One of the world's leading suppliers of silicone rubber has spent considerable R&D time developing materials designed to help make life easier for extruders, including a grade for co-extrusion onto thermoplastics with no need for pretreatment. The new materials will be officially introduced during the K 2010 tradeshow, which begins Oct. 27 in Düsseldorf, Germany.
|New grades from Wacker can help profile processors tackle new markets and applications.|
Parts made from these grades are simpler to install due to their low coefficient of sliding friction, so that use of release agents such as talcum may be unnecessary; often, reckons the supplier, assembly with tubes of profiles extruded from the material can be automated.
The reduced sliding friction also has a positive impact on the end application. For example, the lubricious surface of tubes used for metering products can make it easier to apportion solid food ingredients. In medical applications, the silicone products can facilitate the development of new types of catheters and drains that are easier to use and which patients find more comfortable.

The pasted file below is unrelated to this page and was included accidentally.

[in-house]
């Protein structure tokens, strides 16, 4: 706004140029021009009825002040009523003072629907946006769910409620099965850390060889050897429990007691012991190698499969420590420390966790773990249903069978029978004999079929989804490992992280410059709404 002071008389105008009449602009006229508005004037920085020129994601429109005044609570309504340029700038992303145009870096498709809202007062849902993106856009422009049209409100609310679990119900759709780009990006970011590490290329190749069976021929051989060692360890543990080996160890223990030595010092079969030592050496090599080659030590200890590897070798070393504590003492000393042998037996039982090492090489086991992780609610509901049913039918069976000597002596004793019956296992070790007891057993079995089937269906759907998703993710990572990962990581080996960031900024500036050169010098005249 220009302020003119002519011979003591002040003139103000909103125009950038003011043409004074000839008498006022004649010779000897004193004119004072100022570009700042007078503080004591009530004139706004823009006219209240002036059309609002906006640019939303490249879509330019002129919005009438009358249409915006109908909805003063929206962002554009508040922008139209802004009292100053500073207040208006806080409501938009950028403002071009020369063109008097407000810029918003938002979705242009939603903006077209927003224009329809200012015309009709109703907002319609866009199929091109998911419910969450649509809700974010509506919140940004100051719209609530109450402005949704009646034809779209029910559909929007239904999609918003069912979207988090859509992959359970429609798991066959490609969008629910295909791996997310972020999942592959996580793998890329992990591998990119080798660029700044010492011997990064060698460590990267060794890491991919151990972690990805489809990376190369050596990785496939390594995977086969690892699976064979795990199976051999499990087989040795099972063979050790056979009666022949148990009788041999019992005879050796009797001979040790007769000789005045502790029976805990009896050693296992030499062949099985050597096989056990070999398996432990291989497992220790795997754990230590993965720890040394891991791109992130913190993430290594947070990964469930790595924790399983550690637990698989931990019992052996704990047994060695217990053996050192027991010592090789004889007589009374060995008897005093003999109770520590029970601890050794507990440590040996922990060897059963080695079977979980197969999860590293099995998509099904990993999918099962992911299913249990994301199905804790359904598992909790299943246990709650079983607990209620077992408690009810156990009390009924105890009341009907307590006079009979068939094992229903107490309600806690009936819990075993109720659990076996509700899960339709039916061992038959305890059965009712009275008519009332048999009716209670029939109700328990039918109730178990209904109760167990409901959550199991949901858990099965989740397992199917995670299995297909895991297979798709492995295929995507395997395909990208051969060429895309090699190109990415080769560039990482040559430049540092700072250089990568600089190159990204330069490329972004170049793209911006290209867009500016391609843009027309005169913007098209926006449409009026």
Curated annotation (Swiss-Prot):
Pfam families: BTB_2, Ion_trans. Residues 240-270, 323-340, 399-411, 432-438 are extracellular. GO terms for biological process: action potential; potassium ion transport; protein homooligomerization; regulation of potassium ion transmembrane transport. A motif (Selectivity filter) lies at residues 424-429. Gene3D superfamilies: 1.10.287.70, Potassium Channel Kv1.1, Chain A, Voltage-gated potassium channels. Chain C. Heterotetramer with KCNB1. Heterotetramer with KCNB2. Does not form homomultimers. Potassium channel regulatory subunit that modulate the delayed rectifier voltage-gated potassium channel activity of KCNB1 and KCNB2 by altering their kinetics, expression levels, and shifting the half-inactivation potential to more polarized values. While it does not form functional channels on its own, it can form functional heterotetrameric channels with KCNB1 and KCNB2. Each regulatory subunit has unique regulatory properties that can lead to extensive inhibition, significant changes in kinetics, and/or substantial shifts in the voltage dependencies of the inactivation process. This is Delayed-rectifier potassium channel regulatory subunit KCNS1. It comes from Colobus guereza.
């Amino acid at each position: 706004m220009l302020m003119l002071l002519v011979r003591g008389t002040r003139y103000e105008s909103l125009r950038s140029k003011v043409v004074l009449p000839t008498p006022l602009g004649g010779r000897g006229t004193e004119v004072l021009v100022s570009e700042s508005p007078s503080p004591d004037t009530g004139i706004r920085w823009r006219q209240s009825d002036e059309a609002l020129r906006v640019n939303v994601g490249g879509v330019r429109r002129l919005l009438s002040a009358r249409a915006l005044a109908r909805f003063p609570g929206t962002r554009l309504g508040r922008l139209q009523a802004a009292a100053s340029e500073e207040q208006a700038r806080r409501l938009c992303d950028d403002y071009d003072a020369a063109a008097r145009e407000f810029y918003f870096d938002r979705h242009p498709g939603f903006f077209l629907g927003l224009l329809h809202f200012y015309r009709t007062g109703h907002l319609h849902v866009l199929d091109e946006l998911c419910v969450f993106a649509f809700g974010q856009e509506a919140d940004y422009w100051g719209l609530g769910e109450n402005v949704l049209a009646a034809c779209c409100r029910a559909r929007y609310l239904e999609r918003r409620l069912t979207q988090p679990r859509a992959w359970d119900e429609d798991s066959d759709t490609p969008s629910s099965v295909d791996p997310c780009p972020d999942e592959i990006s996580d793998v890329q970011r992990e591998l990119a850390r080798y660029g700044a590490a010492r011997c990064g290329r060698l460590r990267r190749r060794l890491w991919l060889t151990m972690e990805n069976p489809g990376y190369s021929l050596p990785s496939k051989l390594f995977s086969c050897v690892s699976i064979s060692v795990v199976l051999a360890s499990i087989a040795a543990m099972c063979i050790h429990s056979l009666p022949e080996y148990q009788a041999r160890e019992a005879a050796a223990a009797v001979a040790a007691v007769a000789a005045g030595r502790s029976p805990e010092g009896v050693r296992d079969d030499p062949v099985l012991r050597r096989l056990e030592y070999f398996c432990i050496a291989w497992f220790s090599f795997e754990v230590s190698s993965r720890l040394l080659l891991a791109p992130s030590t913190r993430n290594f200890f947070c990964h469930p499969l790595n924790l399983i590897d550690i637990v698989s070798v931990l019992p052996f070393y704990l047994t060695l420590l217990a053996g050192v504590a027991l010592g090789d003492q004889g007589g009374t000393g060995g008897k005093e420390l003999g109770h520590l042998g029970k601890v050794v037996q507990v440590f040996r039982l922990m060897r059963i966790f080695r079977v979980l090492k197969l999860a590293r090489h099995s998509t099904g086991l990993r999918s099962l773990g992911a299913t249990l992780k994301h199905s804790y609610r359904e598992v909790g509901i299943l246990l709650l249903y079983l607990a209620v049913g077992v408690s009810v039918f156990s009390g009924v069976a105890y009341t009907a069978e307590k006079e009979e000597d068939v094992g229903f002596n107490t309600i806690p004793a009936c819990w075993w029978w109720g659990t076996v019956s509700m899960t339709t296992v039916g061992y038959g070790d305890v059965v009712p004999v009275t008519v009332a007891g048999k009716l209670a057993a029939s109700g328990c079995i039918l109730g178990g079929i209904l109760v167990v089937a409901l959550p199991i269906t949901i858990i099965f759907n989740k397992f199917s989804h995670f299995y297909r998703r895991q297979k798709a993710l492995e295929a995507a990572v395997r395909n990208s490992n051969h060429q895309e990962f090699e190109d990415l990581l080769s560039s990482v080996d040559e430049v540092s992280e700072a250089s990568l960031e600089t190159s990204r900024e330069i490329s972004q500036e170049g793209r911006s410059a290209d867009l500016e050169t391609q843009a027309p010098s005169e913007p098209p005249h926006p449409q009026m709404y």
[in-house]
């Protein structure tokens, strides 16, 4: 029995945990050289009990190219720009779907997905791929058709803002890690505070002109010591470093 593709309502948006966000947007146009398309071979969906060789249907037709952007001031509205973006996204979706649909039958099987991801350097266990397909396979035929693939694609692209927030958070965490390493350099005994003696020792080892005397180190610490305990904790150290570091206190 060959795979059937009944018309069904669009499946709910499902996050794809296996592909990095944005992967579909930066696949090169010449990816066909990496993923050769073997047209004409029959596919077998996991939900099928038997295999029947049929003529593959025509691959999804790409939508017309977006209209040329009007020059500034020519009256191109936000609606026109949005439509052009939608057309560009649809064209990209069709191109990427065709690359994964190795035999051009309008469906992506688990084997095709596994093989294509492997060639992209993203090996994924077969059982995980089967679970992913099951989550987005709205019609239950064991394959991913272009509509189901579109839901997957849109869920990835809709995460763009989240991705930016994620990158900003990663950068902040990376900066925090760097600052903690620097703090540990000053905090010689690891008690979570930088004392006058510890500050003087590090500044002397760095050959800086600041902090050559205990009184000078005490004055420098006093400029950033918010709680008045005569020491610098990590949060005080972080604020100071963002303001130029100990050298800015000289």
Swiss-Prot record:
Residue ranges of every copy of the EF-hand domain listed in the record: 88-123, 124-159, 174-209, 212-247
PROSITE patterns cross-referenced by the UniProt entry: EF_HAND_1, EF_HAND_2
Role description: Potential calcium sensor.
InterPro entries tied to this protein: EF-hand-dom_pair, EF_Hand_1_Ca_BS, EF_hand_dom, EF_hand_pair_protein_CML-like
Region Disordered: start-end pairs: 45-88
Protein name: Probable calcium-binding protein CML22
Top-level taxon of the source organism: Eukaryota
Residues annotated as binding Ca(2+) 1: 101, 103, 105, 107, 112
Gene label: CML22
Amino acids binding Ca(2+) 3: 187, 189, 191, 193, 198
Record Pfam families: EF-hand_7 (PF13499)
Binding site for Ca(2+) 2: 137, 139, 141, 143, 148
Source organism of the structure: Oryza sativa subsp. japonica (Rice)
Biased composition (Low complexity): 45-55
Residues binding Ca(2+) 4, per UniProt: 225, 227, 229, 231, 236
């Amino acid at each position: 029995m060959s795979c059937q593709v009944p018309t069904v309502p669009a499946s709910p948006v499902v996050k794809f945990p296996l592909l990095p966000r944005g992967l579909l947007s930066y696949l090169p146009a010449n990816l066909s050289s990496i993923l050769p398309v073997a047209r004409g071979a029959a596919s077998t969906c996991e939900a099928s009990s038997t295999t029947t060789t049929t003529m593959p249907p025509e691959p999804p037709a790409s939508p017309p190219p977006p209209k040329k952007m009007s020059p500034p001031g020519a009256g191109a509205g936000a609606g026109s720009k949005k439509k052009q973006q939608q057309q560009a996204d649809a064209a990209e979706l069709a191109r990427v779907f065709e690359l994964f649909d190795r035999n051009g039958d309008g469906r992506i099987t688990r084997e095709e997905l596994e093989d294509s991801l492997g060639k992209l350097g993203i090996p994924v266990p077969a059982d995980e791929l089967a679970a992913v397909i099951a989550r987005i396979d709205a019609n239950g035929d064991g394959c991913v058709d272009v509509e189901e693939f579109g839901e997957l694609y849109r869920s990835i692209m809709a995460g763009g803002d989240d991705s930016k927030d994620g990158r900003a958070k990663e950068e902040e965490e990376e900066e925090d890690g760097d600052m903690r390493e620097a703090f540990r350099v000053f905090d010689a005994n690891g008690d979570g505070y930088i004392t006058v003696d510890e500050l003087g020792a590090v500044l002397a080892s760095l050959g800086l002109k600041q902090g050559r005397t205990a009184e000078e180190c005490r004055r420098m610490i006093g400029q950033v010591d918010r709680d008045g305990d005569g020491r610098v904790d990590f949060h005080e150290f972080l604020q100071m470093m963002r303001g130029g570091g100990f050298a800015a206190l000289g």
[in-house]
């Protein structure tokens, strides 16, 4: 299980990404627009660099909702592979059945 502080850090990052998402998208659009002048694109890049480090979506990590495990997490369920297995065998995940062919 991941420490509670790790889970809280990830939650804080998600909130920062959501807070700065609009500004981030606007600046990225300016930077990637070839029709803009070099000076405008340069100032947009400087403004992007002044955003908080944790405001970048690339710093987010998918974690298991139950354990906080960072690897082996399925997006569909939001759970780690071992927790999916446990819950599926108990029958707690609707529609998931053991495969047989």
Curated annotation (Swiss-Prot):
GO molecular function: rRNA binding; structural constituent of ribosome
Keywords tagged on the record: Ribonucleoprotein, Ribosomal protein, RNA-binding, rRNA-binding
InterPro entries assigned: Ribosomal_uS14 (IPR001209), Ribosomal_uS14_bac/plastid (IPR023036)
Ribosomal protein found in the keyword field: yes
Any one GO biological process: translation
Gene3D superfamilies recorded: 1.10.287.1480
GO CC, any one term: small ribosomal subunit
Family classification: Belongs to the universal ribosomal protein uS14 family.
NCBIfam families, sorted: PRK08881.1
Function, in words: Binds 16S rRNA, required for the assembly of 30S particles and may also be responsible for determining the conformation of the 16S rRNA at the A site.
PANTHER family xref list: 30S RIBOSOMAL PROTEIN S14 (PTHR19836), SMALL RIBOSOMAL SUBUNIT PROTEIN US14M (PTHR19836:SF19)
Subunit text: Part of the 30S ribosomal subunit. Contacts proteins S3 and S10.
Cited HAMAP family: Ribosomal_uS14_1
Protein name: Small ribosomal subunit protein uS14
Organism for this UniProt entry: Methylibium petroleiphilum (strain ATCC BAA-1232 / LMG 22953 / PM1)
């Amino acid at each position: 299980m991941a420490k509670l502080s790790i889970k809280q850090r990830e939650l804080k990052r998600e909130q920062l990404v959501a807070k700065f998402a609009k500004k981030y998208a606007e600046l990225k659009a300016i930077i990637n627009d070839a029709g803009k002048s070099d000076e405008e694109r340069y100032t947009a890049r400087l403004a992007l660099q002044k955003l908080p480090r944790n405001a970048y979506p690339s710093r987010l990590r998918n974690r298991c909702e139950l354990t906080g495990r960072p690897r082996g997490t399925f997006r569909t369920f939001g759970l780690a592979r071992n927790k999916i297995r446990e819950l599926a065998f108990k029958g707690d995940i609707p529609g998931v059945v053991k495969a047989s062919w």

All of the novel solid silicone rubber grades are transparent and can be dyed in any color. They cure by platinum-catalyzed addition. These elastomers comply with the food standards of the Federal German Institute for Risk Assessment (BfR), the French Arrêté du 25 novembre 1992 and the U.S. Food and Drug Administration (FDA).
Wacker also has developed a solid silicone rubber for extruded articles intended for the medical, pharmaceutical and biotech industries. Marketed under the name Silpuran 8630/60, it cures to a biocompatible elastomer. The product is certified to both ISO 10993-1 and USP (United States Pharmacopoeia) Class VI.
Still another new grade for profile extrusion, Elastosil R plus 4370/50, is a self-adhesive HTV silicone rubber which makes co-extrusion of multi-material parts possible. No pretreatment of the other extrudate is necessary; chemical adhesion and pressure-free bonding occurs within 2-3 minutes after the co-extruded part exits the die, says Wacker. The material can be co-extruded onto thermoplastic, elastomer and metal substrates. Direct chemical bonding of silicone to thermoplastics has long been available to injection molders, now profile extrusion processors have their chance too. —Matt Defosse